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Make Better Music 42: Being the Next Big Thing

Make Better Music 42: Being the Next Big Thing. Lessons in music composition, song writing, artistic motivation and making better music from David Graham.

make better music. Trebuchet magazine

Trying to be the next big thing by following the herd!

I’m terminally unfashionable, and find the idea of trying to keep up with it unfathomable. Yet it still exerts some control over me. As soon as some new genre breaks and people start talking about the new style, I almost always have to have a go at it.

I’m usually not very good at it, probably because my hearts not in it. But I think that in another way it’s healthy, as you move out of your normal patterns and sound choices. It opens your mind to possibilities that might not have been there before.

My main failing when frantically jumping on bandwagons is to misunderstand the genre. I’ll most likely hear people joyously proclaiming *something* as the next great game-changing genre, and be tempted enough to look it up, and listen to one or two tracks,and decide that I can do that.

I don’t out-and-out copy, as that strikes me as a waste of time, but I do try to emulate sometimes, and there’s a subtle distinction.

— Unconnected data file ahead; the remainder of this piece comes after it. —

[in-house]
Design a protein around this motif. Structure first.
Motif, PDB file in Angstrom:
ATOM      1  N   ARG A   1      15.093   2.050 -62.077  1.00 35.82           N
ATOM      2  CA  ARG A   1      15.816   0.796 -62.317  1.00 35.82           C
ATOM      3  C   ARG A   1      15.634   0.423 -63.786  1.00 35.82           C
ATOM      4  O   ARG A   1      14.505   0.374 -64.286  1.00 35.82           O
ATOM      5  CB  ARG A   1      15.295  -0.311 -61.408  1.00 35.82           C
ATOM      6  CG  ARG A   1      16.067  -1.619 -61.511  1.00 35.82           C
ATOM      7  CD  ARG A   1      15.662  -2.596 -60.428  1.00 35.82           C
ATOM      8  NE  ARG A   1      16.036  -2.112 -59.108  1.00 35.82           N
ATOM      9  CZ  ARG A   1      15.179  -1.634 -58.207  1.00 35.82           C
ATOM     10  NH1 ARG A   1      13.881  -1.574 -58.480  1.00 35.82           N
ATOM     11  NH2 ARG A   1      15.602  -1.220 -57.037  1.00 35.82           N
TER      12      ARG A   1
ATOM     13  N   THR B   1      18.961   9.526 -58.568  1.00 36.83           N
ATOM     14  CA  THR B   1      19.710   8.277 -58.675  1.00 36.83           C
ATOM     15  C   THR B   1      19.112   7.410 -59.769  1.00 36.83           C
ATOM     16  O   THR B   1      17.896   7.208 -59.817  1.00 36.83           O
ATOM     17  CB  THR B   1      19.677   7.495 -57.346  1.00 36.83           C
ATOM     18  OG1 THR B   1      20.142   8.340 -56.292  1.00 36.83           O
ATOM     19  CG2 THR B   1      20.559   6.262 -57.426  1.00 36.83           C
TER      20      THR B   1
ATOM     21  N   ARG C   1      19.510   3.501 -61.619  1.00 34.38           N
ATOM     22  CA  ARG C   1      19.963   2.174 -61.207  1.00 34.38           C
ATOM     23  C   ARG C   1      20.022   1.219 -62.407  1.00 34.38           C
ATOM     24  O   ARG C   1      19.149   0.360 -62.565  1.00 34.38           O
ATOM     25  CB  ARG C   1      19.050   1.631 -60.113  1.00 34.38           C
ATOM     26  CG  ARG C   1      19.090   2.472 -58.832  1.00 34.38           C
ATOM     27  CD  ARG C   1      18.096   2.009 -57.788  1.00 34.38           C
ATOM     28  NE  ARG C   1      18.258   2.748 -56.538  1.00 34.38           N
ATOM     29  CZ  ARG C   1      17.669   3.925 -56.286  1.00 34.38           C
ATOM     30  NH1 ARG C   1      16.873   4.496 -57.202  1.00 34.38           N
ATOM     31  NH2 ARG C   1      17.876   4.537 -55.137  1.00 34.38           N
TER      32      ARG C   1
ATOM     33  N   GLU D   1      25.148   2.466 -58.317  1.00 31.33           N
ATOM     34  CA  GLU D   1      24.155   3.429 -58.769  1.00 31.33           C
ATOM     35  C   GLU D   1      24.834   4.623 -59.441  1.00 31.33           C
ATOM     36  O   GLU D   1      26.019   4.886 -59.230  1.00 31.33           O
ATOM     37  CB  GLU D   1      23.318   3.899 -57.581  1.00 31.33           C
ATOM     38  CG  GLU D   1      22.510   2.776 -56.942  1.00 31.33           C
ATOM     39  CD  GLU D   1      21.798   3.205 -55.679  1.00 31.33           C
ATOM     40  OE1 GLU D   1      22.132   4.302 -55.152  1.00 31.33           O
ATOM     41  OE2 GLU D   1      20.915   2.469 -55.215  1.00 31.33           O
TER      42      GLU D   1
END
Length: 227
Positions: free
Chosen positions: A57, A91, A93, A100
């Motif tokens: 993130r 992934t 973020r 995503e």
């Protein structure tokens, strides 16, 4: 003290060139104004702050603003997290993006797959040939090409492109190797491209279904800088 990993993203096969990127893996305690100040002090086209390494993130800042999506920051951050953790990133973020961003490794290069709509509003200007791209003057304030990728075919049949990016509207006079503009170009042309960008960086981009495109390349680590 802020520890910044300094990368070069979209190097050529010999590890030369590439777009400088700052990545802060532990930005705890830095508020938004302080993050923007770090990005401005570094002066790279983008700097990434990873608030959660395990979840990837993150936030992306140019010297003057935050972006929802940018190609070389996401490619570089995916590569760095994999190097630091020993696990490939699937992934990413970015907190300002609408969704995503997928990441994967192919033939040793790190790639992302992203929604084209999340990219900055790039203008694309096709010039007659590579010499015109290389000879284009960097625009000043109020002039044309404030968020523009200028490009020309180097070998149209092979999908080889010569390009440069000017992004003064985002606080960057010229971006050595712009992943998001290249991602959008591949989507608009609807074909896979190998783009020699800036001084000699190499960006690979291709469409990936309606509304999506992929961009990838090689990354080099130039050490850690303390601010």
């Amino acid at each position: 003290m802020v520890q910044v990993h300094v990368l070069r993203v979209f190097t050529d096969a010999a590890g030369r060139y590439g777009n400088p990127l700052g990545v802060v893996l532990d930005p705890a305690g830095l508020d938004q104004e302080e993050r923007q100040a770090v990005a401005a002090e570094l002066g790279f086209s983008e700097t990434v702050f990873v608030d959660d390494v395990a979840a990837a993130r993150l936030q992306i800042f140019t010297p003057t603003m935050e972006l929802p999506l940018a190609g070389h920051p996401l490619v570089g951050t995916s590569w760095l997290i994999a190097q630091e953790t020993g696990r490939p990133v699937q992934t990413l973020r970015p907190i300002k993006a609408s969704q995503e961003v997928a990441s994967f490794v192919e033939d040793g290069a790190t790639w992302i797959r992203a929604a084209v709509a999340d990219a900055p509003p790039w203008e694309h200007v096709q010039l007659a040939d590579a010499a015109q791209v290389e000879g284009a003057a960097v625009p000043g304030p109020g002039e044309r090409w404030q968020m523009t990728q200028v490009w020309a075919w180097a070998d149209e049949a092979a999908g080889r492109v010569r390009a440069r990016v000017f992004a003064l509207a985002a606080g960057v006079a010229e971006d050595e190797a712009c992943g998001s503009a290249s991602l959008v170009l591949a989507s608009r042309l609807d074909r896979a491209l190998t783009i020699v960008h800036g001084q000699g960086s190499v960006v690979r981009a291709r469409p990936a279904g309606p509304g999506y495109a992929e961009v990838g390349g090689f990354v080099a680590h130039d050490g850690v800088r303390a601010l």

Copying to me means reproducing without thinking – not in a careless one-night-stand way, but in the sense of simply taking what someone else has done, and using it without being interested in how it works, why it works, or what it really is. You just take it and use it.

(This is what causes me some consternation regarding sampling large chunks of other peoples music. Obviously as a musical tool sampling is just using sounds, but the fact that without people actually making that music in the first place there’s be nothing to sample suggests to me there is something no quite right about it, that’s a story for another day!)

Emulating is different – to my mind it means finding the essence of something that you like. Exploring it and taking knowledge from it’s subtleties, rather than copy-and-pasting it. You have to work to understand it and experiment to recreate it, and in the process you learn about it, and add your own spin to the final result.

The urge to recreate what is currently popular is a curious one. I wouldn’t normally say that I’m someone who craves grand public recognition, and yet the only reason I can think of that I’d feel tempted to jump on genre bandwagons is to take advantage of the attention and perhaps get a few people saying “Wow you’re really good, here’s a £££ record contract!”

Or then again maybe I just like to broaden my musical palette. Of course, new styles can come about due to a fashion for a certain instrument, or a change in technology, it’s not just a matter of taste, sometimes just one flash of inspiration can open up a whole new world of possibilities.

Either way, the most beneficial road forward for a creative musician is surely to consider all the boundaries that are unlocked when a new genre appears on the scene, and then to image how many more of these boundaries to your thinking there are, what they might be, and how your music could break through them.


Make Better Music is updated every Tuesday. To catch up on the series search for ‘Dave Graham’.
Image: Francesco Marino / FreeDigitalPhotos.net


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